Another way your instructors can engage with students is by embracing flexibility. Class discussions may get diverted into unplanned conversations, but these occurrences should be viewed as opportunities to build connections with learners and build your school community. Whether courses occur online, in person, or in a hybrid model, the learning environment must be adaptable to the needs of your students. Being flexible will help your instructors keep people engaged and offer support as it’s needed.

Technology is a huge asset for encouraging student engagement. Resources like H5P can make reading and video content more interactive. You can also leverage technology for hosting virtual office hours, scheduling meetings, and restricting content for learners—so they only see the content they need and won’t be overwhelmed with unnecessary information.

When using digital tools, make sure you’ve enabled any accessibility features in your LMS so every student can fully benefit from the media your instructors choose.

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3) Look at the Data

Your LMS can offer you incredible insights into student learning patterns that you can leverage to help increase retention. Participation reports can be an indicator of which students need additional support or are in danger of dropping out of a learning program. Moodle™-based learning software like Open LMS can show you who’s logging on—and how often—so you can take action when students fall behind.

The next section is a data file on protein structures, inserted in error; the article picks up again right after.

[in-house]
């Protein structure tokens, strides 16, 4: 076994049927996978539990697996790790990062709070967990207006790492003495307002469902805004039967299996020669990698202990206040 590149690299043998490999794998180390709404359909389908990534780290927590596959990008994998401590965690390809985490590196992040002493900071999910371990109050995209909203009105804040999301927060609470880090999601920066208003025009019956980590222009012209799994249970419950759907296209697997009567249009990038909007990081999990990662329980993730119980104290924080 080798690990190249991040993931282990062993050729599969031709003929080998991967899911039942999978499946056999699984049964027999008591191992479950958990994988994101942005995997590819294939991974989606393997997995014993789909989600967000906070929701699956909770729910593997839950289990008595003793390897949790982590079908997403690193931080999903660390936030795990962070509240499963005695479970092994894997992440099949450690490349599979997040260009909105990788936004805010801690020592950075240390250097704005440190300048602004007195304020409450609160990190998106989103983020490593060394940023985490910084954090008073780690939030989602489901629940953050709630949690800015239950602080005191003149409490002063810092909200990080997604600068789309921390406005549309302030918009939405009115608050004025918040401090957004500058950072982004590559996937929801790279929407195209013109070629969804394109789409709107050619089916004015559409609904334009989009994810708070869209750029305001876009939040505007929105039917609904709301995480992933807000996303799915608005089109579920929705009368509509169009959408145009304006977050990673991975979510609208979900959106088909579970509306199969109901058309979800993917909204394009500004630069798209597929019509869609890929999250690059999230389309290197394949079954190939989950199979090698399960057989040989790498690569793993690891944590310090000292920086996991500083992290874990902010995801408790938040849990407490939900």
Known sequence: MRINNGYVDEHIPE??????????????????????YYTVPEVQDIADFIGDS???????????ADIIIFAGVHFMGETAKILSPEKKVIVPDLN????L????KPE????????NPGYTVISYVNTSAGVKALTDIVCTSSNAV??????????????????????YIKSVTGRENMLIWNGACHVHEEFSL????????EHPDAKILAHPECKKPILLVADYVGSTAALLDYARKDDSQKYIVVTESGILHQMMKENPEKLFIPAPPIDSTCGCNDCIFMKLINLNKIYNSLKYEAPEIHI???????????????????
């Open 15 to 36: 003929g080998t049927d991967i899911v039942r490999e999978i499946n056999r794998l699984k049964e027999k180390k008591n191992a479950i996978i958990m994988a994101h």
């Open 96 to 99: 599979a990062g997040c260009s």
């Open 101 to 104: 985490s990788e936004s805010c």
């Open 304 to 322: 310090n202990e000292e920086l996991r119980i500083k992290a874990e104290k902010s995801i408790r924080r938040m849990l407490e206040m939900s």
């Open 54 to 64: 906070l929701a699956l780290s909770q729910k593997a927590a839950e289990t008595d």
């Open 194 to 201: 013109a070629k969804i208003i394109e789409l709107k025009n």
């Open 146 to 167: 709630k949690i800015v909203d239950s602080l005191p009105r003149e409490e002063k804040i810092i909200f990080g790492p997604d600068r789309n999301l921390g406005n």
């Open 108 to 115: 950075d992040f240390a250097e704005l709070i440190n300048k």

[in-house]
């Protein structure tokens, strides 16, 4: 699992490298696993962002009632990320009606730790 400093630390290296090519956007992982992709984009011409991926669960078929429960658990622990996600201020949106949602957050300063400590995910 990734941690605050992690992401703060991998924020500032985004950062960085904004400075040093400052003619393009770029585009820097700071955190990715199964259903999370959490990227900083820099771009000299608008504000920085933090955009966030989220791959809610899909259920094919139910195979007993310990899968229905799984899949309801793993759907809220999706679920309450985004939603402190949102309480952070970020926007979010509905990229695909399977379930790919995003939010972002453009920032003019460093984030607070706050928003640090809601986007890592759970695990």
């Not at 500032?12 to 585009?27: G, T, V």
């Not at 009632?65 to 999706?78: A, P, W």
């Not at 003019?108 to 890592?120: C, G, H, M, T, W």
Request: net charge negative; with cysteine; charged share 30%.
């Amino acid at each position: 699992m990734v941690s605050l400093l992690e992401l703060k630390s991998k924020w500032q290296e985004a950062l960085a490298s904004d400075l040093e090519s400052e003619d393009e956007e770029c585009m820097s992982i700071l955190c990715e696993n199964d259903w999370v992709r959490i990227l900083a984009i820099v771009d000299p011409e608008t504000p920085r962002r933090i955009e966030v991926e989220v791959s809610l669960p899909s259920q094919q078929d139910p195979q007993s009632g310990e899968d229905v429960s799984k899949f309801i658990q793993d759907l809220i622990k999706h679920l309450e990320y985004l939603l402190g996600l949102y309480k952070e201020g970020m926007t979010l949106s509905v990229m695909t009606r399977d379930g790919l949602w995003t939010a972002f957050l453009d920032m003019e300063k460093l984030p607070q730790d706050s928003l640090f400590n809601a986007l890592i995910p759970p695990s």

Let’s say a course expectation for success is that students log in to the LMS three times a week. Instructors can run a report to show who hasn’t been active in the last five days. Once the instructor has the names, they can send an email to every student on that list. The students will receive an email that appears to be a one-on-one communication with the instructor. This maintains confidentiality for every student, but it also makes the messaging seem more personal for the recipients.

Another data point to watch for are grade changes. Students who are slowly trending down could be in danger of dropping from the course or your institution. Consistently falling scores often indicate that a student is struggling. It’s best for instructors to reach out as early as possible and offer these students assistance for getting back on track. Activity completion reports can be yet another indicator. Patterns of inconsistent completion—or no completion at all—can be a sign that the student needs help.

Your Students’ Success Is Your Success

Even if you can’t change personal life circumstances, there are ways you can help your students earn their degrees and find continued success. Defining what success looks like at your institution, as well as ongoing learner engagement and active monitoring of student trend data, will help your institution retain learners. Consciously building relationships and using eLearning technologies to your advantage will help you better understand your students so you can be in a position to support their academic pursuits.

Your learning platform plays an important role in the student experience. Discover how Open LMS can help you connect with your students and enhance your retention efforts. Contact us today!
Rebecca Potter
About the author

Rebecca Potter

Rebecca is a content writer for Learning Technologies Group plc. Prior to writing, she was an educator for seven years. She earned her Master’s of Education from Bowling Green State University and holds degrees in English and Spanish from The Ohio State University.